From Hippies to Handbags

Financial Times
December 28 2010

Dilip Kapur, founder and president of Hidesign, is agitated. He and ayoung architect are in his office poring over a draft floor plan for a display in an Indian department store that will showcase Hidesign’s leather purses, briefcases and accessories. “You can’t do anything until you know the foot traffic,” Mr Kapur cries.

When a visitor enters his office, Mr Kapur regains his composure and becomes gracious and friendly. His office is in a red brick building
on a leafy campus in Pondicherry, the former French colony, on India’s south-eastern coast. In an adjacent brick building, which is
Hidesign’s factory, 1,200 mostly women workers cut, sew and hand-finish products known for their vegetable tanned leather and
natural look.

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At 62, Mr Kapur is thin with a youthful face. On a steamy summer day, he wears jeans, black sneakers and a white short-sleeved cotton shirt. A mug of green tea rests on his desk on a leather coaster. One wall is lined with bookshelves filled with titles such as 1,000 Armchairs, Louis Vuitton and Modern Baroque Interiors.

The homegrown leather goods maker is one of India’s most recognisable brands, with 56 stores across the country and 16 international stores in Russia, Vietnam, Oman, Sri Lanka, Nepal, Malaysia and the US. In addition to its own shops, about 100 department stores in India and 500 stores overseas carry Hidesign’s “affordable luxury” bags, priced between $80 to $200.

Hidesign is an Indian company but in the two decades after it was founded in 1978 Hidesign sold primarily to the US, Europe and the UK in stores such as Selfridges, Liberty and John Lewis. It entered its home market only in 1999 as Indian incomes rose and the growing middle-class became more fashion-conscious.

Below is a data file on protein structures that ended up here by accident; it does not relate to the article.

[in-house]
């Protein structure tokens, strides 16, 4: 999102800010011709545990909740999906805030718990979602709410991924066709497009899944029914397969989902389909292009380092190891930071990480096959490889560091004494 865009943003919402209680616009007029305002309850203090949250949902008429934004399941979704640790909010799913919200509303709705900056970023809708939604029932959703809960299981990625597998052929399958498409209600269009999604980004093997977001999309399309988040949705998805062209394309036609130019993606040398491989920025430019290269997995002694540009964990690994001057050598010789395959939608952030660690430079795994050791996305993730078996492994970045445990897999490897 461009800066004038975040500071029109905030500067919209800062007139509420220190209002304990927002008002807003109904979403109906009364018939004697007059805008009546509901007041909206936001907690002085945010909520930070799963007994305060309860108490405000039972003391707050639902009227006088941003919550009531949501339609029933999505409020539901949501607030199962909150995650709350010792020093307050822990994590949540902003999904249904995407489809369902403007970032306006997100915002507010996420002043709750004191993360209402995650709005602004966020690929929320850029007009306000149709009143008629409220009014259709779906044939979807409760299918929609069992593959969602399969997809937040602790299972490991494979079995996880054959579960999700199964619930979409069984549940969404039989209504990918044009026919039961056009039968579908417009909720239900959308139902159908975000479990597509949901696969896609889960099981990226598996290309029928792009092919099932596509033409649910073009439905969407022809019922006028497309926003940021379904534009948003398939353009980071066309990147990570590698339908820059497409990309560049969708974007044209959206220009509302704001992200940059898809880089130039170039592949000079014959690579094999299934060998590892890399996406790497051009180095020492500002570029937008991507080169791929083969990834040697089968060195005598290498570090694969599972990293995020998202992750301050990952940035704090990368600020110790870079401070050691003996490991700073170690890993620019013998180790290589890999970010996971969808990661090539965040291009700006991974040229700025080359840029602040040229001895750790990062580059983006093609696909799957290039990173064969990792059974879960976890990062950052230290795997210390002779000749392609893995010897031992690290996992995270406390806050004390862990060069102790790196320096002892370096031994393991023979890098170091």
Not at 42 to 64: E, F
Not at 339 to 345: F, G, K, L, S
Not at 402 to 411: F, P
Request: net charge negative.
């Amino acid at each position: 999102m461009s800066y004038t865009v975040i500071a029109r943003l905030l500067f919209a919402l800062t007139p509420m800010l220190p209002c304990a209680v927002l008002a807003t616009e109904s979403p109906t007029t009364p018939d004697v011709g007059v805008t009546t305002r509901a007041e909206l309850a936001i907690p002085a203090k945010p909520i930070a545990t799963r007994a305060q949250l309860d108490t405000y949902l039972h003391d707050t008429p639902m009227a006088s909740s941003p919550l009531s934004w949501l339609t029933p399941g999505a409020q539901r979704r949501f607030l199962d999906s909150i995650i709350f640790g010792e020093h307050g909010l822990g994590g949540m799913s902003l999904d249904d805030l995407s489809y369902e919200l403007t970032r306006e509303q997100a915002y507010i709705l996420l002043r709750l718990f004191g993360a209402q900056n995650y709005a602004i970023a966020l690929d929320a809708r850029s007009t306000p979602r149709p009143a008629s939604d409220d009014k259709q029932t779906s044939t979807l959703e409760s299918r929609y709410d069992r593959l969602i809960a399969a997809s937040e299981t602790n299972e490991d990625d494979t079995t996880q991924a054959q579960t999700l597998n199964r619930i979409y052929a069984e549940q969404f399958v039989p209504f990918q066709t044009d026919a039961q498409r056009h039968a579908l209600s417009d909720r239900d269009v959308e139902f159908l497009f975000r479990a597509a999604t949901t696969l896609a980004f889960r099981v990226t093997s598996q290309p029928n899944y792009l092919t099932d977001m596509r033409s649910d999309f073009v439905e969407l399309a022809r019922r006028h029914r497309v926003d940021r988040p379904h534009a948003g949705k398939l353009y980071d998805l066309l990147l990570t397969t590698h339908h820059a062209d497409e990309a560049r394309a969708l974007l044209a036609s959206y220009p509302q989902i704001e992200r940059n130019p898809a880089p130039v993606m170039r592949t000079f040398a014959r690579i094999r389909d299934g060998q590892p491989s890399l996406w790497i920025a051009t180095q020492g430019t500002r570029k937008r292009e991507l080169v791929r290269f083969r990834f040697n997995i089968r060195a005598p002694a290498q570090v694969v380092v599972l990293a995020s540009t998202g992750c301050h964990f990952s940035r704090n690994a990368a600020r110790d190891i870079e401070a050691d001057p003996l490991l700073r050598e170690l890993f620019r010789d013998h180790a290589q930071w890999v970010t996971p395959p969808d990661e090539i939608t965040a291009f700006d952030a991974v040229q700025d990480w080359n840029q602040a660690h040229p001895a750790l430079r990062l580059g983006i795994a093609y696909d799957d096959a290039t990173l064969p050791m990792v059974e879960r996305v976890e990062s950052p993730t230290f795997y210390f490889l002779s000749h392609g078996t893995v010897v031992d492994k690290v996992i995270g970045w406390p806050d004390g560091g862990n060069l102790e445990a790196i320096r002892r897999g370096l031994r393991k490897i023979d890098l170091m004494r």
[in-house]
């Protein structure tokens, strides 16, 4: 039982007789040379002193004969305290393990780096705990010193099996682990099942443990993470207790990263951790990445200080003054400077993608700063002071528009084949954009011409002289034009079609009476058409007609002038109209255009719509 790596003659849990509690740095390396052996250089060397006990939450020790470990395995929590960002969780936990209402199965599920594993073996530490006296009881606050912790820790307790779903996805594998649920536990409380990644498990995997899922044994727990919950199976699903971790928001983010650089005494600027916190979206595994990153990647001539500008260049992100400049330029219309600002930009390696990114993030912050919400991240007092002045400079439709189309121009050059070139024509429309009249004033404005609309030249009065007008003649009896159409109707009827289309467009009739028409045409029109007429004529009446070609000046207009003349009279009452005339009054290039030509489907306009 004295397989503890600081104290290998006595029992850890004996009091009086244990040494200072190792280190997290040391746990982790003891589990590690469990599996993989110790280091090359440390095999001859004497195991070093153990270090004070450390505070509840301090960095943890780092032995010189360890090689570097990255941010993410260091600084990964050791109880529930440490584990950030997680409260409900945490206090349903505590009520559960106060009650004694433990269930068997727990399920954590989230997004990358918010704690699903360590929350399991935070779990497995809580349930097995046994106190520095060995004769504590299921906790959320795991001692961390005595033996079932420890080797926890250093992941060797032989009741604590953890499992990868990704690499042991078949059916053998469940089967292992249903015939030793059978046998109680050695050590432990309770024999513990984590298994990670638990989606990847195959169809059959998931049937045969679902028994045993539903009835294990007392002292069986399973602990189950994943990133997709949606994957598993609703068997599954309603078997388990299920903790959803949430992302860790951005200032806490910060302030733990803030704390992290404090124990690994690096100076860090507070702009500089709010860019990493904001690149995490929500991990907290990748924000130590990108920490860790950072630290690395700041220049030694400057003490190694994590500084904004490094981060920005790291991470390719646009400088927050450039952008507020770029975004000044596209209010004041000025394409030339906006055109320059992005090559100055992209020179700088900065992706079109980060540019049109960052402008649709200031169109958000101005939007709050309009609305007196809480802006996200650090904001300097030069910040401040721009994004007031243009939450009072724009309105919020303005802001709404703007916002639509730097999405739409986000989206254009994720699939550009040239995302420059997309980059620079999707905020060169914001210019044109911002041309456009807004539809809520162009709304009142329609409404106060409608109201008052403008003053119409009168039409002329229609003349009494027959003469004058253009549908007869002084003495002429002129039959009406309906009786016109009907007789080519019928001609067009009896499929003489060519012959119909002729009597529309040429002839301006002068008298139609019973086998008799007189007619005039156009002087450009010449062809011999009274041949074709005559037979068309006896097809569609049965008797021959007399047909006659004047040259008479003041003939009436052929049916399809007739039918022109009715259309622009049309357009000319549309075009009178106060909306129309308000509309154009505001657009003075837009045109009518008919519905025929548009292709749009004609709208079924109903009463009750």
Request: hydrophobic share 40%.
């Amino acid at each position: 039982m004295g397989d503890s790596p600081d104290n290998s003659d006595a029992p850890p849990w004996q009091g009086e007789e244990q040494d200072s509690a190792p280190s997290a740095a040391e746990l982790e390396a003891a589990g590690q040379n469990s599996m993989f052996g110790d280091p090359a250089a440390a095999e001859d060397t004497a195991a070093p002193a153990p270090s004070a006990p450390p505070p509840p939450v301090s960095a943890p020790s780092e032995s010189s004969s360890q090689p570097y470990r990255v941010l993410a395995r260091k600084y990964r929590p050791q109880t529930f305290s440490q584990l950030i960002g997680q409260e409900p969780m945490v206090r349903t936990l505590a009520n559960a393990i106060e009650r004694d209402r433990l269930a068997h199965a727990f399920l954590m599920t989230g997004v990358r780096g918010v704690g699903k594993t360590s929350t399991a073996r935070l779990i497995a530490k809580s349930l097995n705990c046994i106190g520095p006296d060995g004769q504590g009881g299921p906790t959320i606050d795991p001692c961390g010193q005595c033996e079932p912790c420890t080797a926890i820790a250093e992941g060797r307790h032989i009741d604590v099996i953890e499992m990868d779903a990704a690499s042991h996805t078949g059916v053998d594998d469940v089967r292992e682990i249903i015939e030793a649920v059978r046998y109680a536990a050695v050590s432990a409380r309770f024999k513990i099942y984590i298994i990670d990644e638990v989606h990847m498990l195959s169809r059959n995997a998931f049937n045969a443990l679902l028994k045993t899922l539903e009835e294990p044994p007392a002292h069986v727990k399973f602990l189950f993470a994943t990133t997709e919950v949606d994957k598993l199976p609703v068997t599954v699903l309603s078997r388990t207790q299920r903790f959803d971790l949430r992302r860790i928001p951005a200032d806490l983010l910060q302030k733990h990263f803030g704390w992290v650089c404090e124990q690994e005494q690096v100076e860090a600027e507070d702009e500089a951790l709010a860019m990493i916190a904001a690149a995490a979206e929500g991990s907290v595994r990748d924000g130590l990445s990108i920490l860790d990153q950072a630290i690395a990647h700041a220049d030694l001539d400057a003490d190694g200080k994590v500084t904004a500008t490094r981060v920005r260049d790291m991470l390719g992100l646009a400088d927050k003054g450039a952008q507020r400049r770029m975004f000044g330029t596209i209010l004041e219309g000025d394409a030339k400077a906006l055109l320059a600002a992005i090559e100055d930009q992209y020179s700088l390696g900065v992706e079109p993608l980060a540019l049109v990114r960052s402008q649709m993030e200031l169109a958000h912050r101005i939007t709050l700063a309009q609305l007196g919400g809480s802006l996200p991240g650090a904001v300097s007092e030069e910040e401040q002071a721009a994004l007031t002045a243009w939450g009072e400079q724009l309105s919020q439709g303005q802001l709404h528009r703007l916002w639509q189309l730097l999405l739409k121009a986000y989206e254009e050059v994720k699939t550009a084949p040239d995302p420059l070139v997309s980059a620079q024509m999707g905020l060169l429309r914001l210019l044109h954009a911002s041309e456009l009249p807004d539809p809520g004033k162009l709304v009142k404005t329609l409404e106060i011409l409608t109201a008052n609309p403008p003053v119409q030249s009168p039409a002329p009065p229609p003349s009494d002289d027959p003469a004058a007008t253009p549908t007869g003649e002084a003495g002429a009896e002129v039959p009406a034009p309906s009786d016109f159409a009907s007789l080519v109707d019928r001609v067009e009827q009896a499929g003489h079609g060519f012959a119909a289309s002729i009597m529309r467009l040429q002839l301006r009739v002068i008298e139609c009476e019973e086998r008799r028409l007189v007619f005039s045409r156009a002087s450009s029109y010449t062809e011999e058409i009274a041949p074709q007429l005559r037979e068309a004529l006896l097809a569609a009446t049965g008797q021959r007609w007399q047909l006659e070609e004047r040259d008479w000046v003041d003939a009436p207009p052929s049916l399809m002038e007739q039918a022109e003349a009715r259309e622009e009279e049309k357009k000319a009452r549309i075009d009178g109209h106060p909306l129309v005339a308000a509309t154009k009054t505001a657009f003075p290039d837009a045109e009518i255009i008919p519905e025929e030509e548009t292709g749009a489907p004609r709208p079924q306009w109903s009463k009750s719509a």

It is a kind of homecoming for Hidesign, which Mr Kapur started as a hobby when he returned to India to live on a commune after his
education in the US at Phillips Academy Andover, Princeton and the University of Denver, where he earned a PhD in international
relations. From its humble origins in a workshop with one artisan worker, Hidesign has grown to a business with $22m in revenues in the  2010 fiscal year.

In 2007, Hidesign received a boost when LVMH, parent of French luxury goods brand Louis Vuitton, took a minority stake in the
family-controlled company and enlisted it to help build a shoe-stitching factory near Pondicherry.

Mr Kapur did not plan to start a leather goods company. After
finishing his studies, he lived at Auroville, a commune north of the
ashram in Pondicherry where he had grown up.

During his time in the US, Mr Kapur “got very Americanised” but he
eventually realised he wanted to return to India in spite of the
stagnant economy of the 1970s. “People thought I was an idiot,” he
says. “But I had a sense of pride growing up in the ashram. I didn’t
want to be driven by American values, I wanted to go back to India.”

He admits: “I didn’t want to be a businessman but I turned into a
capitalist. I hated myself for a long time. For the first 10 years I
refused to accept I had a business. I said it was a hobby.”

Independence and idealism run in the family. Mr Kapur’s father had a
successful shoe factory in Agra, in northern India. But he also had a
strong spiritual bent and at the age of 39 he sold the business and
moved with his family to Sri Aurobindo Ashram in Pondicherry when Mr
Kapur was six years old.

In 1963, when Mr Kapur was 15, he saw a Time magazine article about
Phillips Andover Academy. Mr Kapur wrote a letter to the headmaster of
Andover and to his surprise the school offered him a full scholarship.

“Imagine some strange guy writing to you who lives in an ashram and
didn’t even have the money to pay for his application. There must have
been some amazed curiosity,” says Mr Kapur.

When he arrived in Andover, Massachusetts, Mr Kapur experienced a
harsh culture shock. “It was the toughest two years of my life.
Culturally, I was a complete zombie. America was a lot more insulated.
I was the only Indian and very alienated.”

Nevertheless, Mr Kapur learnt to “concentrate and work very hard”.

Those difficult years, however, paved the way to Princeton where he
became a “hippie radical”, he says, in the late 1960s, starting a
chapter of the Third World Liberation Front.

After graduating from Princeton in 1970, Mr Kapur embarked on studying
for his PhD, fully intending to become an academic. But he also needed
an income. He chanced on a job opportunity at Poor Richards, a Denver